3 Criteria For A Good Worship Service

Luke Brawner Liturgy, Worship Leader Blog Leave a Comment

I recently received the following text message from a friend on a Sunday morning after his church had brought in a guest worship leader:

“I’ve sat through plenty [of] bad worship sessions but this morning’s takes the cake. It was actually so bad that I’m embarassed for my church.”


This led to a pretty good conversation, the highlights of which make up the bulk of this post.


On the one hand, I immediately knew exactly what he meant. I know that feeling of sitting through (or leading) a “bad” worship service all too well. On the other hand, I also see several glaring problems with both the semantics and implications of such a statement. For example, when we begin thinking of “worship” as a thing we “sit through,” a thing for which value is determined based on criteria such as musical perfection, technical flawlessness or overall personal edification, we’re clearly on the wrong track. Unfortunately, that mindset is much easier to recognize and call out when we’re on the outside looking in. But if we’re honest, we’re all capable of finding ourselves in that place if we let our guards down. In fact, those of us leading the various parts of our worship gatherings week-in and week-out, musically or otherwise, may be especially susceptible to such unhealthy thinking.

After mulling the conversation over for a couple days, I decided it may be helpful to establish and flesh out in writing what I believe to be a few healthy criteria for a “good” worship service.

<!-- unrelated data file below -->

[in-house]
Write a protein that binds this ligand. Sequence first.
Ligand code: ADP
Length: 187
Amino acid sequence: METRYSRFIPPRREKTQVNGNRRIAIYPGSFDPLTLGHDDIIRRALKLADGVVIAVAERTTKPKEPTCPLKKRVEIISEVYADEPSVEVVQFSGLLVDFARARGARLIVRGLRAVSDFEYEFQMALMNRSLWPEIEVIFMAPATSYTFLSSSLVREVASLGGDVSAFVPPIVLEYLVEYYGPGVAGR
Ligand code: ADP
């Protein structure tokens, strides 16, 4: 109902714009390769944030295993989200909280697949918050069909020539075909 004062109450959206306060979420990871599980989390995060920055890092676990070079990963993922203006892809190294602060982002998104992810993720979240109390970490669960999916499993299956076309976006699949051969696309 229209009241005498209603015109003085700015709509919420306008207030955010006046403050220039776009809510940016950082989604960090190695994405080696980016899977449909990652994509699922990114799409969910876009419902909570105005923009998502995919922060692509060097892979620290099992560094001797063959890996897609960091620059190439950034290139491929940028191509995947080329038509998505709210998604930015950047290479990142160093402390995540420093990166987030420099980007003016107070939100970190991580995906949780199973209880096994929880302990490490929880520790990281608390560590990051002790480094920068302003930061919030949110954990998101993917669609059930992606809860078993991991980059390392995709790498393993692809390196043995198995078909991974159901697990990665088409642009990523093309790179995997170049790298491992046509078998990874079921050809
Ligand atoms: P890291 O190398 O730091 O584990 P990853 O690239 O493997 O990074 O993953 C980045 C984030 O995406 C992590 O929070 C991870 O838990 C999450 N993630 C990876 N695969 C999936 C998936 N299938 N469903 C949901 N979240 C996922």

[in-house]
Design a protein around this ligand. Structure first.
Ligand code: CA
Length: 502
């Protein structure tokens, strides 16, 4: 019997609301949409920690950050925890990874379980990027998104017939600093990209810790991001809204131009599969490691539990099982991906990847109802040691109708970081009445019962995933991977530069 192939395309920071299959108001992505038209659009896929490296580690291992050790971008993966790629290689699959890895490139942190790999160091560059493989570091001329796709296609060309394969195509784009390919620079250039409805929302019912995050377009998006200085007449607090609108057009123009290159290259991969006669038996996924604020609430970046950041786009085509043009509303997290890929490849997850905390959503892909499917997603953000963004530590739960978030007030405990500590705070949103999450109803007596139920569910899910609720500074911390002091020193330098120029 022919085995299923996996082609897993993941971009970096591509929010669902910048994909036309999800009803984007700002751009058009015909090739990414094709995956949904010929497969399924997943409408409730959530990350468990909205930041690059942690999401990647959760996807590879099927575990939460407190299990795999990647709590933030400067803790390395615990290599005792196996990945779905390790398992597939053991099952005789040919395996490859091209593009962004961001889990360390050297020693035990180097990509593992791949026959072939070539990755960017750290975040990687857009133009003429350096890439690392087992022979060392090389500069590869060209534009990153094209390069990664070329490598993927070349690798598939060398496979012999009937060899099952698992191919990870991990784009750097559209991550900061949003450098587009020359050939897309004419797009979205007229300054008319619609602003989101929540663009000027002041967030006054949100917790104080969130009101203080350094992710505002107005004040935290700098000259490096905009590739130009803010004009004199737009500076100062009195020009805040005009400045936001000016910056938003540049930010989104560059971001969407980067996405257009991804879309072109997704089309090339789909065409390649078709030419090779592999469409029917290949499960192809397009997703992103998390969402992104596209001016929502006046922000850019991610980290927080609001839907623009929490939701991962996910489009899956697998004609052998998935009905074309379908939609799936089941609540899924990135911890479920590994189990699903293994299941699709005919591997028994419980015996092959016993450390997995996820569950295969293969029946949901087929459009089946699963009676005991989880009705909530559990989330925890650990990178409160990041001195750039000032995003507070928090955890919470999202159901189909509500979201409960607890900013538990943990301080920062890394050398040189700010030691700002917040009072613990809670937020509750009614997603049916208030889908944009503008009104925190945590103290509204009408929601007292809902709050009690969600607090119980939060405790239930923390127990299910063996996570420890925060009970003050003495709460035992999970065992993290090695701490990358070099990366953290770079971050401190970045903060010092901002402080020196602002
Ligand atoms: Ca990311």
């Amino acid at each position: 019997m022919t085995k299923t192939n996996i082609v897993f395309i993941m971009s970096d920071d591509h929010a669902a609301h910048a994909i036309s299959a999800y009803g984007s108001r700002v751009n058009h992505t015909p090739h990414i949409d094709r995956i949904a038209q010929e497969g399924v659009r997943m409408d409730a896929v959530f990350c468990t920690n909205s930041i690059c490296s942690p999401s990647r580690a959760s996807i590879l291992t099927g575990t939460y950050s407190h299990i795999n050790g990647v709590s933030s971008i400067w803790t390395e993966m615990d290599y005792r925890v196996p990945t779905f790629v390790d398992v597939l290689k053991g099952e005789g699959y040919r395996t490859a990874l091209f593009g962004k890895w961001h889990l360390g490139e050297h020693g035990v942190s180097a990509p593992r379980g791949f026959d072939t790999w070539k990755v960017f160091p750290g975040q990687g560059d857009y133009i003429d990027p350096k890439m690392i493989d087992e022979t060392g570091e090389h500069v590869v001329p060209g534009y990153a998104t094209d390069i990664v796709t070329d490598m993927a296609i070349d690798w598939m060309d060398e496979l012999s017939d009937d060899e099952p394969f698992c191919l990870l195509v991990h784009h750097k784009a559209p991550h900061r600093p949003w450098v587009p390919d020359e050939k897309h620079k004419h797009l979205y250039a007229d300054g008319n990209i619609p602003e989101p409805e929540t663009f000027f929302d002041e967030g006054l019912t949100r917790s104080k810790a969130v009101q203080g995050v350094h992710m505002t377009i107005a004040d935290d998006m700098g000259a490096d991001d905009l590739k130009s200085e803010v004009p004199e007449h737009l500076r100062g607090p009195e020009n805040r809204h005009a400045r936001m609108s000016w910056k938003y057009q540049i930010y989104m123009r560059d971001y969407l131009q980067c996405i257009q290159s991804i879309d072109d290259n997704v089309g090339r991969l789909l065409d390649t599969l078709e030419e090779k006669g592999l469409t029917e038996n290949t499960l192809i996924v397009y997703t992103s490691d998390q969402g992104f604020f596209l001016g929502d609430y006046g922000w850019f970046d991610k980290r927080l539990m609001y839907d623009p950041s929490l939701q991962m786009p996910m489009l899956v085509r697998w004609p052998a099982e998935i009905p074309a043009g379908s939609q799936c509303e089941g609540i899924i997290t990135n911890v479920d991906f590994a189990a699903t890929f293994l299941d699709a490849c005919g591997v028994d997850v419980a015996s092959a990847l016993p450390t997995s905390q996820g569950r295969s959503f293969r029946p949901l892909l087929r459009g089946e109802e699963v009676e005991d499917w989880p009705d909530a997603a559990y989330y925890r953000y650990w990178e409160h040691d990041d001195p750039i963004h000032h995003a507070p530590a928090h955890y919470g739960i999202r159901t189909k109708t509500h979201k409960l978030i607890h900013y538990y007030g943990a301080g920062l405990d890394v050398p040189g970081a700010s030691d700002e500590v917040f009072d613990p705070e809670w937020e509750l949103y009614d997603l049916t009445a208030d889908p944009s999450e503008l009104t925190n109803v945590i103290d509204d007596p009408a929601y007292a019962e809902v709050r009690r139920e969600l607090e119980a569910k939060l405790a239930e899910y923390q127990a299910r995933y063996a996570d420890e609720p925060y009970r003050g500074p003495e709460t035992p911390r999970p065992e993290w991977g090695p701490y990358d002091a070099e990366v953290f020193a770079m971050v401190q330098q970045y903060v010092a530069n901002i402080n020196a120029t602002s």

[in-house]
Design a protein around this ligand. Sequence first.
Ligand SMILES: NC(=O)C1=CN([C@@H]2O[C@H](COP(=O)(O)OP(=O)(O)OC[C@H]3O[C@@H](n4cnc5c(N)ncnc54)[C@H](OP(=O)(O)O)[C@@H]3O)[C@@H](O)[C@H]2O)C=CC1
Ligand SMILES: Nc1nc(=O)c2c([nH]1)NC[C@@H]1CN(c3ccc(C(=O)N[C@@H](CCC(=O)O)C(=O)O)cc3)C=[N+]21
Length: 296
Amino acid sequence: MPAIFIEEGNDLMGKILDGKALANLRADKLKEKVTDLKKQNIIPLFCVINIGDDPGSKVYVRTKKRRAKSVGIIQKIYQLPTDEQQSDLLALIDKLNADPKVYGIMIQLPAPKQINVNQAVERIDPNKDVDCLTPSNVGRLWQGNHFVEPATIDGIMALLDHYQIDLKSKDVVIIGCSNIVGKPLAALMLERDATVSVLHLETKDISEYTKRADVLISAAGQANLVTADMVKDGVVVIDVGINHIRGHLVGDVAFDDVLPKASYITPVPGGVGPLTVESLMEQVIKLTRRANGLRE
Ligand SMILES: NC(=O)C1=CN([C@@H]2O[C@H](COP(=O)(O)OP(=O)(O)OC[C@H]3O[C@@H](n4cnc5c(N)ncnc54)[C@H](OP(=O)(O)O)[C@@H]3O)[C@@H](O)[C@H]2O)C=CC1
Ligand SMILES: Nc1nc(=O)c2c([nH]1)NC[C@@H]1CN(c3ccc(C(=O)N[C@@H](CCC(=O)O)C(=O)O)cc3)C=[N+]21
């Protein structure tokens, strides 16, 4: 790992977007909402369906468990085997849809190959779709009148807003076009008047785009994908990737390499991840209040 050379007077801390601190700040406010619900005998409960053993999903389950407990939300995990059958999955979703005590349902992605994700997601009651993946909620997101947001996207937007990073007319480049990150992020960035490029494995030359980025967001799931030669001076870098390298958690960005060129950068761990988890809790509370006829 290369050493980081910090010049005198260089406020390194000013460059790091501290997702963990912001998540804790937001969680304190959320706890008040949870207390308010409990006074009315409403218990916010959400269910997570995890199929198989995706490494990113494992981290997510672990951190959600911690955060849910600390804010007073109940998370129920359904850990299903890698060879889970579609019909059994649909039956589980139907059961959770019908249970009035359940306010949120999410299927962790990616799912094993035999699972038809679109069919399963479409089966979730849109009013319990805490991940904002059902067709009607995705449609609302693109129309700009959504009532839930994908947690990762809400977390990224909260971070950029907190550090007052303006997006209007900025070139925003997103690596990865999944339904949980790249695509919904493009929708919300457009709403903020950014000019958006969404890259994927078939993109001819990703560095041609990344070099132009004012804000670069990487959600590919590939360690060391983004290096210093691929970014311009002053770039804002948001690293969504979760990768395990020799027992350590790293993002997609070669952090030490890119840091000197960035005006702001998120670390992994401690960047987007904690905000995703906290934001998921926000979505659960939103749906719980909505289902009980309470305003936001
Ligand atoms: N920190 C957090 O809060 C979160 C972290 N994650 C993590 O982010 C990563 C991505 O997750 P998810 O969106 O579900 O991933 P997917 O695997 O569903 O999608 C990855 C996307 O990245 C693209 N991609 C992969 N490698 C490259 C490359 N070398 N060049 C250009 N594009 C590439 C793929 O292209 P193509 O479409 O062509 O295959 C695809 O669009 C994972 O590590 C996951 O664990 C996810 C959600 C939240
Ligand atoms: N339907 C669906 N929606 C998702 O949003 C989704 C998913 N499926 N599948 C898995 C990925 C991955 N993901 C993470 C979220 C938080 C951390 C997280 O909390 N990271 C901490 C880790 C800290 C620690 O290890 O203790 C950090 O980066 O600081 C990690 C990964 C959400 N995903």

These are by no means comprehensive, but hopefully they’ll at least get you and those with whom you’re worshipping to think a little more intentionally about how to view your worship gatherings.

Here are the 3 questions I came up with for determining what makes a “good” worship gathering:

1 – Was the gospel presented clearly?
Was the truth of the gospel clearly communicated in the songs, the sermon, the Scripture readings, the prayers or any of the other liturgical elements of your gathering? If so, then no amount of pitchy singing, flubbed drum fills, or missed cues from the A/V booth should be able to tempt you with the notion that your time worshipping together was misspent or “bad” in any way.

I believe whole-heartedly in the idea that we should all strive for excellence in each of the means by which we communicate and celebrate the gospel when we gather together. However, when pursuing excellence becomes less about right-hearted worship and more about well executed production, we’ve missed the point entirely.

When pursuing excellence becomes less about worship & more about production, we’ve missed the point.

Rather than allowing ourselves to be impressed by how professionally we can execute the task of worship, let us be people who find our complete satisfaction and deepest delight in simply and consistently hearing and speaking the gospel to one another, by any and all means possible.

2 – Was the gospel responded to sincerely?